July 2019
Volume 60, Issue 9
Open Access
ARVO Annual Meeting Abstract  |   July 2019
Contributions of cones to retinal adaptation to naturalistic visual inputs
Author Affiliations & Notes
  • Fred Rieke
    University of Washington, Seattle, Washington, United States
  • Julian Freedland
    University of Washington, Seattle, Washington, United States
  • Philip Mardoum
    University of Washington, Seattle, Washington, United States
  • Footnotes
    Commercial Relationships   Fred Rieke, None; Julian Freedland, None; Philip Mardoum, None
  • Footnotes
    Support  NEI EY028542, NEI EY028111
Investigative Ophthalmology & Visual Science July 2019, Vol.60, 580. doi:
  • Views
  • Share
  • Tools
    • Alerts
      This feature is available to authenticated users only.
      Sign In or Create an Account ×
    • Get Citation

      Fred Rieke, Julian Freedland, Philip Mardoum; Contributions of cones to retinal adaptation to naturalistic visual inputs. Invest. Ophthalmol. Vis. Sci. 2019;60(9):580.

      Download citation file:

      © ARVO (1962-2015); The Authors (2016-present)

  • Supplements

Purpose : The strong temporal variations characteristic of natural visual inputs pose considerable challenges for our understanding of retinal function. Specifically, the large changes in luminance produced by eye movements require strong and rapid adaptation to reliably encode subtle changes in input while avoiding saturation. Such adaptation in turn relies on multiple circuit mechanisms. We know a good deal about how adaptation in the photoreceptors and post-photoreceptor retinal circuits operates for slow changes in luminance—e.g. those encountered as the sun rises or sets. We know much less about their importance for encoding the large and rapid changes encountered as gaze shifts within a single visual scene. Here we focus on the contribution of the cones themselves to this essential visual function.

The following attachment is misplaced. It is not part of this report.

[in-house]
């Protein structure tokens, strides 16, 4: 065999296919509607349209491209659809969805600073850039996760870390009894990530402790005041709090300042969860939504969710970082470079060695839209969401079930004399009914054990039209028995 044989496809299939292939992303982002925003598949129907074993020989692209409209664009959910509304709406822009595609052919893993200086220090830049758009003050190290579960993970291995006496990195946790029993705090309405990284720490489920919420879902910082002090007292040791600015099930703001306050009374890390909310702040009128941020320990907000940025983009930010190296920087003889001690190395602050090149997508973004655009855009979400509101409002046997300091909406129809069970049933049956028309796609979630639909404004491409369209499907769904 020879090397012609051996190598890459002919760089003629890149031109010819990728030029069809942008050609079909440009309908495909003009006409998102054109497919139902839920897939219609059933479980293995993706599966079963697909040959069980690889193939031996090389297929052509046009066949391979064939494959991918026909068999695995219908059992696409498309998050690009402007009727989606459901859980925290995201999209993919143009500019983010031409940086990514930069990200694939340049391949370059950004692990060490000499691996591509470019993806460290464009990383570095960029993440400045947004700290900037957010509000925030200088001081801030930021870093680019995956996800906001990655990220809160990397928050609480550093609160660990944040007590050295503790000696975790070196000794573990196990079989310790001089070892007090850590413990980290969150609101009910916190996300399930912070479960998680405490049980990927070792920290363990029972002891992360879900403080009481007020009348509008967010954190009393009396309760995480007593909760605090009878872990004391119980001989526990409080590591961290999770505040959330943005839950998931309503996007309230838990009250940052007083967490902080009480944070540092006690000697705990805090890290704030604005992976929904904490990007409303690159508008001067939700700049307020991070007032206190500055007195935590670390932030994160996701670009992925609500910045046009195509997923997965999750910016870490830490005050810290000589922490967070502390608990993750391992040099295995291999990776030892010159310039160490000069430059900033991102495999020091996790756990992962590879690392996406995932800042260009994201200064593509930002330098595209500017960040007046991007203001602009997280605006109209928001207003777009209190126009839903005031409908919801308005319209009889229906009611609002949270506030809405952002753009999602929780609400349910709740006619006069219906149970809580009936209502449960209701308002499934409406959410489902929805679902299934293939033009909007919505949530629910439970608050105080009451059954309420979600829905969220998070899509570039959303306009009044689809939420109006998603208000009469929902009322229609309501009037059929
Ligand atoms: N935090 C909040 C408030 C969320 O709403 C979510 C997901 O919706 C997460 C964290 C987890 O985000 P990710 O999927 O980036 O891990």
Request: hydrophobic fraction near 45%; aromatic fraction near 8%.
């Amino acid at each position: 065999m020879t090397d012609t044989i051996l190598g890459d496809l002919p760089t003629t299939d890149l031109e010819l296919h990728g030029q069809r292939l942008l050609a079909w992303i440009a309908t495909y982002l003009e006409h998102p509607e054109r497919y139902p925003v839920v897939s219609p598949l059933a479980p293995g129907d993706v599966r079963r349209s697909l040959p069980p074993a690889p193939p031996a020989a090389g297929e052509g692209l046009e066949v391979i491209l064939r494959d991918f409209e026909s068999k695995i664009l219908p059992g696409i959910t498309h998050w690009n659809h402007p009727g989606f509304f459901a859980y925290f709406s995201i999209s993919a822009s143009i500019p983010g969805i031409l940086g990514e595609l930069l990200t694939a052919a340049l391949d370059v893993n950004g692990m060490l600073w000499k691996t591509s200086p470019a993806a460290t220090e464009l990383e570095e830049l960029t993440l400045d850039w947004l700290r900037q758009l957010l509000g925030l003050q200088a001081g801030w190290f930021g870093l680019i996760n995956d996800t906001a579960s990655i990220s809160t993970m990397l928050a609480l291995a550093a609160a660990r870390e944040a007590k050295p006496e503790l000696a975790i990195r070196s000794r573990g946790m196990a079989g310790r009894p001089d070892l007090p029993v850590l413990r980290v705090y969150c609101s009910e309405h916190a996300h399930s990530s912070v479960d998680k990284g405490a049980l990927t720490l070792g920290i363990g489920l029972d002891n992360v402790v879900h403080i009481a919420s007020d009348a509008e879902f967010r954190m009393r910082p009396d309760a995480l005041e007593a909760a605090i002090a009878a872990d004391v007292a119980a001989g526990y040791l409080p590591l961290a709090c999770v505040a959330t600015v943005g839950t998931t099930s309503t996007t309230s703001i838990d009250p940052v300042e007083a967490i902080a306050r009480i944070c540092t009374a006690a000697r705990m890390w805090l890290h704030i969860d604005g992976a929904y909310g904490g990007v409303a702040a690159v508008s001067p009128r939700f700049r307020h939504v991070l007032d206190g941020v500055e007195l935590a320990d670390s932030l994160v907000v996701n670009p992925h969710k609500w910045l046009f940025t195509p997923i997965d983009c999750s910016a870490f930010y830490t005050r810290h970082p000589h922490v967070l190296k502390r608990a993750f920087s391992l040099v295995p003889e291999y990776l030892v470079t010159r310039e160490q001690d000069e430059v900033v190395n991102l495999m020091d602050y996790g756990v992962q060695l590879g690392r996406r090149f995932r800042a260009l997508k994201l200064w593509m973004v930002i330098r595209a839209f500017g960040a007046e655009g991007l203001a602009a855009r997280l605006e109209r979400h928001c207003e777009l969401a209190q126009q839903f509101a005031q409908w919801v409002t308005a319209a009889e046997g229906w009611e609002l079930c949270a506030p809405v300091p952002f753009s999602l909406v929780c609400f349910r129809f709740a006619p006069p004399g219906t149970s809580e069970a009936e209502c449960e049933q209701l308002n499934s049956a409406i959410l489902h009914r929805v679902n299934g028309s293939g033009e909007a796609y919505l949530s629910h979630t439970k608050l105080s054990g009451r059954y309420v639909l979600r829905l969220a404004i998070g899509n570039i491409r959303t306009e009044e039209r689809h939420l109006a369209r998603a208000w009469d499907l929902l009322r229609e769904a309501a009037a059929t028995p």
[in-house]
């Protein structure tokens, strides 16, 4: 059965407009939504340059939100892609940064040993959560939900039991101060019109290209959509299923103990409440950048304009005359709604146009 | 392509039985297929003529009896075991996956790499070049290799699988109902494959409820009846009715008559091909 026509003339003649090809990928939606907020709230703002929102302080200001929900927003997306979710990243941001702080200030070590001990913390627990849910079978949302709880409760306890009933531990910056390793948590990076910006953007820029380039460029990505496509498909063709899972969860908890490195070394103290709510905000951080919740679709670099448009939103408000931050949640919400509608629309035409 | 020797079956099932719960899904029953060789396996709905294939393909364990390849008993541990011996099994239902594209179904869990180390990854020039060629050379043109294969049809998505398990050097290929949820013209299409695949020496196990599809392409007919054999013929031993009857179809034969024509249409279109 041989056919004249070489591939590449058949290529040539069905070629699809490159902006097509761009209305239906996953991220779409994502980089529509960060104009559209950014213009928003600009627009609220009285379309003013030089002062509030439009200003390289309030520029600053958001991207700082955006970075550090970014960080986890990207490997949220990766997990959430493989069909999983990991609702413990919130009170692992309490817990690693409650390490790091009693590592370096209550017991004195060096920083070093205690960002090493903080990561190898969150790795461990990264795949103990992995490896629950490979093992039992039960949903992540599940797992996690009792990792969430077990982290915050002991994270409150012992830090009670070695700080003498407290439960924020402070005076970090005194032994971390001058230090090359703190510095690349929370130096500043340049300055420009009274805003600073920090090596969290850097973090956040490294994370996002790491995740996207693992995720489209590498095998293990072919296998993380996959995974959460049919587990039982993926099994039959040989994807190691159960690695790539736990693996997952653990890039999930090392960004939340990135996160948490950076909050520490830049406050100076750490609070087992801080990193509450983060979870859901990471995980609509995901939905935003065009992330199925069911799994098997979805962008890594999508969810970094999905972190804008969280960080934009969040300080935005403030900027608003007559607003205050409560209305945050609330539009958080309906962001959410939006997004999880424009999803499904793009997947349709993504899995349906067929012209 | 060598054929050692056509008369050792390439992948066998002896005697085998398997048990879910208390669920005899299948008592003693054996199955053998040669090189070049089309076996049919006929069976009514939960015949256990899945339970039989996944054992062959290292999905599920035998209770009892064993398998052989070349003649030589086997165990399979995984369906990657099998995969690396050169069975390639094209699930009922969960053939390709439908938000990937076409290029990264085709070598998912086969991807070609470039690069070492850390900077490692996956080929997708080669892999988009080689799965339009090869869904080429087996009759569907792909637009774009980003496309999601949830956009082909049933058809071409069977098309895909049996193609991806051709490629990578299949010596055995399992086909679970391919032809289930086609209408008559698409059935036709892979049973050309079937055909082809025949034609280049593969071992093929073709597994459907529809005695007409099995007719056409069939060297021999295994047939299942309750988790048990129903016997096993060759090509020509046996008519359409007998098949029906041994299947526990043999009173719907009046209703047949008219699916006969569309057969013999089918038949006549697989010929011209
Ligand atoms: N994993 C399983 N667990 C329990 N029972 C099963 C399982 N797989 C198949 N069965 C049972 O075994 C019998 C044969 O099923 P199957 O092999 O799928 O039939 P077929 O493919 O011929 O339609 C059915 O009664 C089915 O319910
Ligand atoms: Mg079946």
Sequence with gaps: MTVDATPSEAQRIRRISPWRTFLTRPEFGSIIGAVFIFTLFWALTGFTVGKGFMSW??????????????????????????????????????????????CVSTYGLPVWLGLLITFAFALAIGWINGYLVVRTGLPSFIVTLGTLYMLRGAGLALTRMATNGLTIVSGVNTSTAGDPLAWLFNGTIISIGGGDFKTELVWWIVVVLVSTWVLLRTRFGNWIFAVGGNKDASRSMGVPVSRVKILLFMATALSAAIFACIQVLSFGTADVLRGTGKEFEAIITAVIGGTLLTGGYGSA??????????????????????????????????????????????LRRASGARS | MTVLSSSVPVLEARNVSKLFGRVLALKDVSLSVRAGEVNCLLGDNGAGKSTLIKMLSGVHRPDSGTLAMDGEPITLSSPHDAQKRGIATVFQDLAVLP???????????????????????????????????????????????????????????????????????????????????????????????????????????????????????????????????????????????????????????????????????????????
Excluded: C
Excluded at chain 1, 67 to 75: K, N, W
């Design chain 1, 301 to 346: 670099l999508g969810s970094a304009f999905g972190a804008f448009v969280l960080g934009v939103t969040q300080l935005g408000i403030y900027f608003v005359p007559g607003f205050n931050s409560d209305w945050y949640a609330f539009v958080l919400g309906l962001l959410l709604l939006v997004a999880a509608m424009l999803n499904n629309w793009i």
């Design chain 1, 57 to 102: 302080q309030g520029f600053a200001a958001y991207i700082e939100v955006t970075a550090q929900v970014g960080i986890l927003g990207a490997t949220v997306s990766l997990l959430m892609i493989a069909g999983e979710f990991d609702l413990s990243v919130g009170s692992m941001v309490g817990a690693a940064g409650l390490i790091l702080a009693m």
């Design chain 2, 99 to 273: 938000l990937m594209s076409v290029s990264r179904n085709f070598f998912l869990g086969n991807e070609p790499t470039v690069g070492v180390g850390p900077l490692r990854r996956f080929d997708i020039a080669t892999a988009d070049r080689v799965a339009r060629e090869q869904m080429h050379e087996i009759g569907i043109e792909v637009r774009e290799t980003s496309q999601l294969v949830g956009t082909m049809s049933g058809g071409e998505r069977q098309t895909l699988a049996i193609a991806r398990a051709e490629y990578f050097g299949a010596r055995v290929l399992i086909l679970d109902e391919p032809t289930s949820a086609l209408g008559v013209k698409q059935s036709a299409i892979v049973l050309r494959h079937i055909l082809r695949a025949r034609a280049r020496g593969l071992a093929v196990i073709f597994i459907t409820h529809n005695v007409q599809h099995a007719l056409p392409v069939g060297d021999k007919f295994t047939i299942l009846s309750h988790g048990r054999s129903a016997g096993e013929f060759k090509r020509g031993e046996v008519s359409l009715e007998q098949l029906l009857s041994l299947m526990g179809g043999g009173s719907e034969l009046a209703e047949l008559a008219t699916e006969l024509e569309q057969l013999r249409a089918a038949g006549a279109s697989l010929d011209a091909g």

Methods : We characterized responses of primate photoreceptors and ganglion cells to inputs that capture the temporal variations characteristic of natural vision. We obtained retinas through the Tissue Distribution Program of the National Primate Research Center at the University of Washington. We then used patch clamp techniques to record responses of cones and ganglion cells. We used these responses as the basis of models that predicted ganglion cell responses based on either linear or adapting cone responses.

Results : Both cones and ganglion cells adapt strongly and rapidly to naturalistic inputs. Ganglion cell responses were better predicted by models that incorporate adaptation in the cones than models that assumed linear cone responses. The accuracy of the predictions of such models, however, was considerably poorer than predictions of responses to simpler inputs such as gaussian noise. This comparison highlighted the importance of adaptational mechanisms downstream of the cones.

Conclusions : Responses to complex stimuli such as natural visual inputs are shaped by multiple circuit mechanisms acting collectively. The work here begins to identify the importance of adaptation in the photoreceptors to the ability of the retina to maintain sensitivity during rapid and large changes in input. Future work will focus on mechanisms within the retinal circuitry and the ganglion cells themselves.

This abstract was presented at the 2019 ARVO Annual Meeting, held in Vancouver, Canada, April 28 - May 2, 2019.


This PDF is available to Subscribers Only

Sign in or purchase a subscription to access this content. ×

You must be signed into an individual account to use this feature.